In the speech, which was open to the public, Wintrich accused liberals of wanting “black people to dress like they did in Africa 300 years ago,” and other attacks based on the idea that liberals support a “multicultural utopia.”

The event was designed to draw a confrontation, and it did, with attendees yelling “go home Nazi” and other taunts.

Wintrich ended up getting arrested after a woman grabbed a piece of paper from the lectern. Wintrich followed her to retrieve the item. Later, UConn police held Wintrich and charged him with breach of peace. He was released on $1,000 bail. One doubts that any charges will formally be filed, as video clearly shows he did not initiate the incident, though there is no doubt either that he invited it.

Hartford Courant, Rebecca Lurye:

Lucian Wintrich, White House Correspondent For Gateway Pundit, Arrested After Altercation At UConn Talk

This was a very disappointing evening,” UConn President Susan Herbst said in a statement. “Thoughtful, civil discourse should be a hallmark of democratic societies and American universities, and this evening fell well short of that.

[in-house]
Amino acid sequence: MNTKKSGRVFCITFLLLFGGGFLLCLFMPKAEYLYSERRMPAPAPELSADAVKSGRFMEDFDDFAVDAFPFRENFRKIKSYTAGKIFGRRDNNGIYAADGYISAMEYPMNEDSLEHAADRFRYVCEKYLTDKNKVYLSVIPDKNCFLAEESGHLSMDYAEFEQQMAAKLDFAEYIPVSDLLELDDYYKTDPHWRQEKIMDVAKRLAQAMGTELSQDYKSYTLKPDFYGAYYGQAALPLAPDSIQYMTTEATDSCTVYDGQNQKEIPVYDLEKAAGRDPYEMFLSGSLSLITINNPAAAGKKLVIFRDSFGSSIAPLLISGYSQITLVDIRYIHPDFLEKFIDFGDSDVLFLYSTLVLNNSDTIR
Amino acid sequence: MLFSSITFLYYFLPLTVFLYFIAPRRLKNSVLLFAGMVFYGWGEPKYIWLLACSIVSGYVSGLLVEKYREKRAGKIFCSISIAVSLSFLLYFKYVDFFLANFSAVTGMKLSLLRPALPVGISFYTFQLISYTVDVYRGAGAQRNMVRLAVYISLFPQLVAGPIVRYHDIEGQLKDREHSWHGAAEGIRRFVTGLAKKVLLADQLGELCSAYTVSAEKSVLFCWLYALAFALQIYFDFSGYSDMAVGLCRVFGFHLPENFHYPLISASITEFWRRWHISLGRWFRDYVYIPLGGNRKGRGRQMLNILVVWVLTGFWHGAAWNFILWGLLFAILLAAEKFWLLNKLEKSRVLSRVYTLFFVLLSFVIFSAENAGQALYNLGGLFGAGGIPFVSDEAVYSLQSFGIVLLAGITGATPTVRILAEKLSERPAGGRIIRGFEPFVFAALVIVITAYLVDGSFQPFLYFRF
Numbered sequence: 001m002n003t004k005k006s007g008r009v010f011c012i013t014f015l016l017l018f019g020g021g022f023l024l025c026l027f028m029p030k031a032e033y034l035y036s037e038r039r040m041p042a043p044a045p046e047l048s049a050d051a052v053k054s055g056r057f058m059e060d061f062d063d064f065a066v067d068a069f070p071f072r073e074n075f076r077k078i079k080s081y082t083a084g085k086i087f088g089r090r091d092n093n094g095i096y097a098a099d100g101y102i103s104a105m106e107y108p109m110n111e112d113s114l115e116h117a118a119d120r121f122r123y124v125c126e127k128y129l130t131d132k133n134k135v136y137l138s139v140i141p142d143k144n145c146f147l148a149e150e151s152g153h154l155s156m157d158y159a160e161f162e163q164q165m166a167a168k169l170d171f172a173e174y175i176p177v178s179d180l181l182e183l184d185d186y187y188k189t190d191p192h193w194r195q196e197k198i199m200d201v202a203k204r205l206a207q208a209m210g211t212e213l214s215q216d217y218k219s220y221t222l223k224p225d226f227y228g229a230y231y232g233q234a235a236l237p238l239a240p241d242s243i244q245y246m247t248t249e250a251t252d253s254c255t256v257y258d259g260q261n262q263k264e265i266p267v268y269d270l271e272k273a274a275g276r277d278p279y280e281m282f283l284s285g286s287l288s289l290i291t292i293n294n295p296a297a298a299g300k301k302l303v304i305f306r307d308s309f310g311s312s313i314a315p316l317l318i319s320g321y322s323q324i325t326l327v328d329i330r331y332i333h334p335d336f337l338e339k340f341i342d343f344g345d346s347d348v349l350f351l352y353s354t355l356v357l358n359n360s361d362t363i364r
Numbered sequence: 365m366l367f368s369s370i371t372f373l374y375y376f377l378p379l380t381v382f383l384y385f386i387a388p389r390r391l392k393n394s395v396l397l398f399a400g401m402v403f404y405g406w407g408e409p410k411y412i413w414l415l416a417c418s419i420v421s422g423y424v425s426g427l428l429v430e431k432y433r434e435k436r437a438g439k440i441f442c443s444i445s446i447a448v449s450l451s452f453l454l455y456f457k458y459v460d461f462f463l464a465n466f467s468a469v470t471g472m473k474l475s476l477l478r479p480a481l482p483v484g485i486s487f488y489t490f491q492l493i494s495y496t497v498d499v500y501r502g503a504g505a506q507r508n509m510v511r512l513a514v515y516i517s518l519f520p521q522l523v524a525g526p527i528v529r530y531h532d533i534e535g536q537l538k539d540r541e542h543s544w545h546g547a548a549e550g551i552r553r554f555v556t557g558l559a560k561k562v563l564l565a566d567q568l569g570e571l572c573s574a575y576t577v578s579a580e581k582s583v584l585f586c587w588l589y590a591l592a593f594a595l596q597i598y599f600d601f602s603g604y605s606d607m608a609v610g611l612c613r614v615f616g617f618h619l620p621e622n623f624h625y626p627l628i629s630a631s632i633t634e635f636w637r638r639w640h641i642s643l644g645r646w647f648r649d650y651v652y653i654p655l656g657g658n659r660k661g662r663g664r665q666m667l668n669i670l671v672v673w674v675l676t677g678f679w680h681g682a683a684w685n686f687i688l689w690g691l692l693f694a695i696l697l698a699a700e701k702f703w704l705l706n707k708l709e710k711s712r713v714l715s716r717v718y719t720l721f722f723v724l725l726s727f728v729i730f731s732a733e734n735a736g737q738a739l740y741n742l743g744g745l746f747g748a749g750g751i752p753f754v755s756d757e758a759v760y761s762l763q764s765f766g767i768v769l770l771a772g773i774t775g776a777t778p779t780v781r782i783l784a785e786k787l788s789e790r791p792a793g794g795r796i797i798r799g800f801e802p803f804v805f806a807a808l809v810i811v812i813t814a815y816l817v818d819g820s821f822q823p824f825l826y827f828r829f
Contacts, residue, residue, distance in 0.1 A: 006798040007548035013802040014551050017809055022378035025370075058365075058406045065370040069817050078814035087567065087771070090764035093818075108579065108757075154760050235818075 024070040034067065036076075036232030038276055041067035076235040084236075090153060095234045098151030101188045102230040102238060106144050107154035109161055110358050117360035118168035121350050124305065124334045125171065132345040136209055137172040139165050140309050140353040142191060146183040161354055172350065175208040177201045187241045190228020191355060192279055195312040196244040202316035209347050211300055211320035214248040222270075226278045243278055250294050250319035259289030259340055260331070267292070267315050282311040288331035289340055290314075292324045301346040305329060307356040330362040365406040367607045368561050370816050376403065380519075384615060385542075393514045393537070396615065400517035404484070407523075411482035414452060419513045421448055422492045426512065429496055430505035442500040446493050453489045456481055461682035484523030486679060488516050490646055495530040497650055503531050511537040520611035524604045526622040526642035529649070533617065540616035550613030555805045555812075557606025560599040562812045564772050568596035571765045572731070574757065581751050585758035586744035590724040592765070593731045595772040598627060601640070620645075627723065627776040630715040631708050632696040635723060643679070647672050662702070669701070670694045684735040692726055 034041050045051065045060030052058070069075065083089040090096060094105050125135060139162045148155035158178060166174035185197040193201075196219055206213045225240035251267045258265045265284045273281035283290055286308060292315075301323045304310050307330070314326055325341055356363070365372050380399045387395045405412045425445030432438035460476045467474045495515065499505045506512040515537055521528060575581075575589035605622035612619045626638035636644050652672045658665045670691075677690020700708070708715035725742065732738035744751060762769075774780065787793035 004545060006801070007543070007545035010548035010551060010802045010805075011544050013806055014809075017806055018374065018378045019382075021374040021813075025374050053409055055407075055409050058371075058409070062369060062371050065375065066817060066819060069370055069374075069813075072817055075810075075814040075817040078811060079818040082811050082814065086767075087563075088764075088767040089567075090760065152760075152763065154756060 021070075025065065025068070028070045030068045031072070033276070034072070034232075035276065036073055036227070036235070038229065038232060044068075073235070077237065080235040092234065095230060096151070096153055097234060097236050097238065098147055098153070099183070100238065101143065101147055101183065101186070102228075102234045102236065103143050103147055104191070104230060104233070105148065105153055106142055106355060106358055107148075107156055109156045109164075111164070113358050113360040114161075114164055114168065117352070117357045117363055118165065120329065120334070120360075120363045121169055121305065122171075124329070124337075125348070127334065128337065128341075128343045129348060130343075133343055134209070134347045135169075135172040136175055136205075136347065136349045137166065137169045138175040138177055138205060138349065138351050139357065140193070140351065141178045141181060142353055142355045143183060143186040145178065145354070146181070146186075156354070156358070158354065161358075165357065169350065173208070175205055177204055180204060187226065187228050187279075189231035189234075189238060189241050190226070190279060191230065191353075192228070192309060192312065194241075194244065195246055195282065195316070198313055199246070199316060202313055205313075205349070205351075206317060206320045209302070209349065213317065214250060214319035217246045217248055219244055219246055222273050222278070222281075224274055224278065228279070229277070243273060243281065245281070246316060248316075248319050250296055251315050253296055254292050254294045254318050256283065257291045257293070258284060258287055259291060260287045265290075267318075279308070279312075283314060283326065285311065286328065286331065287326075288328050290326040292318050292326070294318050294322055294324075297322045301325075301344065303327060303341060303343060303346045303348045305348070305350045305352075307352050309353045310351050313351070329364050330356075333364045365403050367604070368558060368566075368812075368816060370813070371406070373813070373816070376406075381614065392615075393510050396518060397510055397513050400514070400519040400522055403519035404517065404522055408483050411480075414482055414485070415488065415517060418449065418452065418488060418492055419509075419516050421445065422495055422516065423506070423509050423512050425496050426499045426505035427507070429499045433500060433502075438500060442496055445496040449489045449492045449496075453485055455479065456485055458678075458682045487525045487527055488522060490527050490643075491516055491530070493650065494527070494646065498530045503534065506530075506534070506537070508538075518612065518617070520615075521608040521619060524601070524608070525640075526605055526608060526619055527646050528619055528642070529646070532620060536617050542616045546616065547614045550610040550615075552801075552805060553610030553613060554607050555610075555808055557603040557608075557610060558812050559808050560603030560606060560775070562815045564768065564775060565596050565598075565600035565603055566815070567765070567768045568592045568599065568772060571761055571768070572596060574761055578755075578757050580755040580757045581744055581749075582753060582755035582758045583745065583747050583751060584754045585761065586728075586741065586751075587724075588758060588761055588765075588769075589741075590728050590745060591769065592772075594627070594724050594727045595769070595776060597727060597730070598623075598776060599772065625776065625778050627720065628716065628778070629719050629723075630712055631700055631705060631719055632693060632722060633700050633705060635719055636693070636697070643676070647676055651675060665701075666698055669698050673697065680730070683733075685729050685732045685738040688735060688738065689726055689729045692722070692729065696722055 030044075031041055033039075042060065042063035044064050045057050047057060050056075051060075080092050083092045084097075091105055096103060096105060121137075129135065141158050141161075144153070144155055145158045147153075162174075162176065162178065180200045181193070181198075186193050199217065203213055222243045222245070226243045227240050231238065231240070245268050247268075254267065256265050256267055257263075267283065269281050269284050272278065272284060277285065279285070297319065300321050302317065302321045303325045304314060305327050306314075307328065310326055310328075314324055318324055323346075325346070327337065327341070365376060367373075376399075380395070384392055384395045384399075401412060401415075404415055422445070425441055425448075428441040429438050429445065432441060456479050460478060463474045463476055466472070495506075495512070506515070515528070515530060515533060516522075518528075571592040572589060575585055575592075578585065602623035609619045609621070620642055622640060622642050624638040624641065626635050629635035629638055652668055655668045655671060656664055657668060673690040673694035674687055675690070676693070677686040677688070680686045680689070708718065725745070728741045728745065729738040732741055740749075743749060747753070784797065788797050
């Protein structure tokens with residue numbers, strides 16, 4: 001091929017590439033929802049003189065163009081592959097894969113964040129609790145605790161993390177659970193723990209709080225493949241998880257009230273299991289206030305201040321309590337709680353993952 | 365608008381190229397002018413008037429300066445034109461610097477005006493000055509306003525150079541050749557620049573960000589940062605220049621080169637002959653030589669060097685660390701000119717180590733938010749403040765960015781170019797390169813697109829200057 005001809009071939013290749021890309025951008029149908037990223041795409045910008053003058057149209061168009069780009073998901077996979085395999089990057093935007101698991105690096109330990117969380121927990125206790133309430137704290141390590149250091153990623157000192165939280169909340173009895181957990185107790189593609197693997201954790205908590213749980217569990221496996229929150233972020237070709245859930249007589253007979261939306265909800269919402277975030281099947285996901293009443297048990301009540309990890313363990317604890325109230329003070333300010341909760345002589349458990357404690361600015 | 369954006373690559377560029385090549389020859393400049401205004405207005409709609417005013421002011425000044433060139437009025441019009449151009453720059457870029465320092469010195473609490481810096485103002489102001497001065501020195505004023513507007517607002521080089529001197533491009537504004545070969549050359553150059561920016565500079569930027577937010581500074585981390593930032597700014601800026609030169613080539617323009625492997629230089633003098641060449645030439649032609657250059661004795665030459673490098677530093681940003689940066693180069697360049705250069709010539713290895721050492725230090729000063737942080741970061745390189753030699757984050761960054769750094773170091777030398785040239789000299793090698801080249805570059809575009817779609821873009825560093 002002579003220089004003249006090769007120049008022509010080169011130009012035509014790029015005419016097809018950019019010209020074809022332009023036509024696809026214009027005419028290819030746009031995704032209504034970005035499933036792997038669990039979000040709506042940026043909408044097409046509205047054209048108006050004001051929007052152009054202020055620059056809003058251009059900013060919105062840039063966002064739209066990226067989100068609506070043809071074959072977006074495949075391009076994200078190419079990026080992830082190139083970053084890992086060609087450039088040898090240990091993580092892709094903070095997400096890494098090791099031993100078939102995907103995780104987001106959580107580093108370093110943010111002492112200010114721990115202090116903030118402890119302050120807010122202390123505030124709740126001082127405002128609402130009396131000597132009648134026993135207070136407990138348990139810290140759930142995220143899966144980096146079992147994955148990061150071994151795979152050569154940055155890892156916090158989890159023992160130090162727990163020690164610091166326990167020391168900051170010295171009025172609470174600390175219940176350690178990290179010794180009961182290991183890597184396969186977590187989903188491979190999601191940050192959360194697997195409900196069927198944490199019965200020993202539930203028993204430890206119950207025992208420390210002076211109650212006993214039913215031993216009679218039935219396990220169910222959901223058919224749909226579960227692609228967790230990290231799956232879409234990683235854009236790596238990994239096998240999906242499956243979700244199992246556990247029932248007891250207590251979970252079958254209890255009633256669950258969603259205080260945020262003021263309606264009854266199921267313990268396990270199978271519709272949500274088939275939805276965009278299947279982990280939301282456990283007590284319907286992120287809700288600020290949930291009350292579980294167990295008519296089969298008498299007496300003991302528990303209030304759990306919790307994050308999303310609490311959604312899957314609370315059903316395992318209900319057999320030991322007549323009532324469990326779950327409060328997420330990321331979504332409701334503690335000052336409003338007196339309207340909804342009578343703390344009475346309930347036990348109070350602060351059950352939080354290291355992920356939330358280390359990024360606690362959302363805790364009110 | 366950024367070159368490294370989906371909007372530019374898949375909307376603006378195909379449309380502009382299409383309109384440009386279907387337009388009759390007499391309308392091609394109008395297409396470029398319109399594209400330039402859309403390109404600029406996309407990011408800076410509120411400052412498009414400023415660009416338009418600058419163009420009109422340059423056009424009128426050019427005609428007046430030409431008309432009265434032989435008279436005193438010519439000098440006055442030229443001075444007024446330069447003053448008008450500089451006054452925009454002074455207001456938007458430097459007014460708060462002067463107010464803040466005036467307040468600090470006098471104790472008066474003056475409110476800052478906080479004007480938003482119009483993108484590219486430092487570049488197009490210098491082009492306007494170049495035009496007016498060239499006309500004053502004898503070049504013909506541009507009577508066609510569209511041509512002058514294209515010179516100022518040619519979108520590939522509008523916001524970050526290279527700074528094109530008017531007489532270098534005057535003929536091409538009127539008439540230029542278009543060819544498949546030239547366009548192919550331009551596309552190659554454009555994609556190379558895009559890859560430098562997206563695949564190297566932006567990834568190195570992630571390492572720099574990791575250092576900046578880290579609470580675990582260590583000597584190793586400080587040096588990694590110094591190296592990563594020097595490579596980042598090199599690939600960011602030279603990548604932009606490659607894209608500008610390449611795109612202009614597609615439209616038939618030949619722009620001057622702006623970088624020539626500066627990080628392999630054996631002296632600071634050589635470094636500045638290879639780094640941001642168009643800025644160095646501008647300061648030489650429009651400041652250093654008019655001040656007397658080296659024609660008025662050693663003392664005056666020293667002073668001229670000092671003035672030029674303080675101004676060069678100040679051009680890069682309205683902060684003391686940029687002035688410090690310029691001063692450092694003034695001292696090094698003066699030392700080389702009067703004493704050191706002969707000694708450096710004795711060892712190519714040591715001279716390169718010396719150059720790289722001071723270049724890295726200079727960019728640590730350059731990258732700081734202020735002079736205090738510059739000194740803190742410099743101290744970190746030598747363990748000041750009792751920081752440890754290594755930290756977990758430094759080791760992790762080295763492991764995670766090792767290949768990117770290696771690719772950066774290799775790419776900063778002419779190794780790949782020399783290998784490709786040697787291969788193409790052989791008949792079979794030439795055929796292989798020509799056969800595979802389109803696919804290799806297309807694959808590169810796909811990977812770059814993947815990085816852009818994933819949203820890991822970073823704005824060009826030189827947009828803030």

“We live in a tense and angry time of deep political division. Our hope as educators is that creative leadership and intellectual energy can be an antidote to that sickness, especially on university campuses. Between the offensive remarks by the speaker who also appeared to aggressively grab an audience member and the reckless vandalism that followed, that was certainly not the case on our campus tonight. We are better than this.”

The Daily Campus, Lillian Whittaker:

White House correspondent arrested during speech at ‘It’s OK to be White’ event

While many students joined in on the protests, some students, like third-semester environmental studies major Wawa Gatheru, were appalled by all aspects of what took place.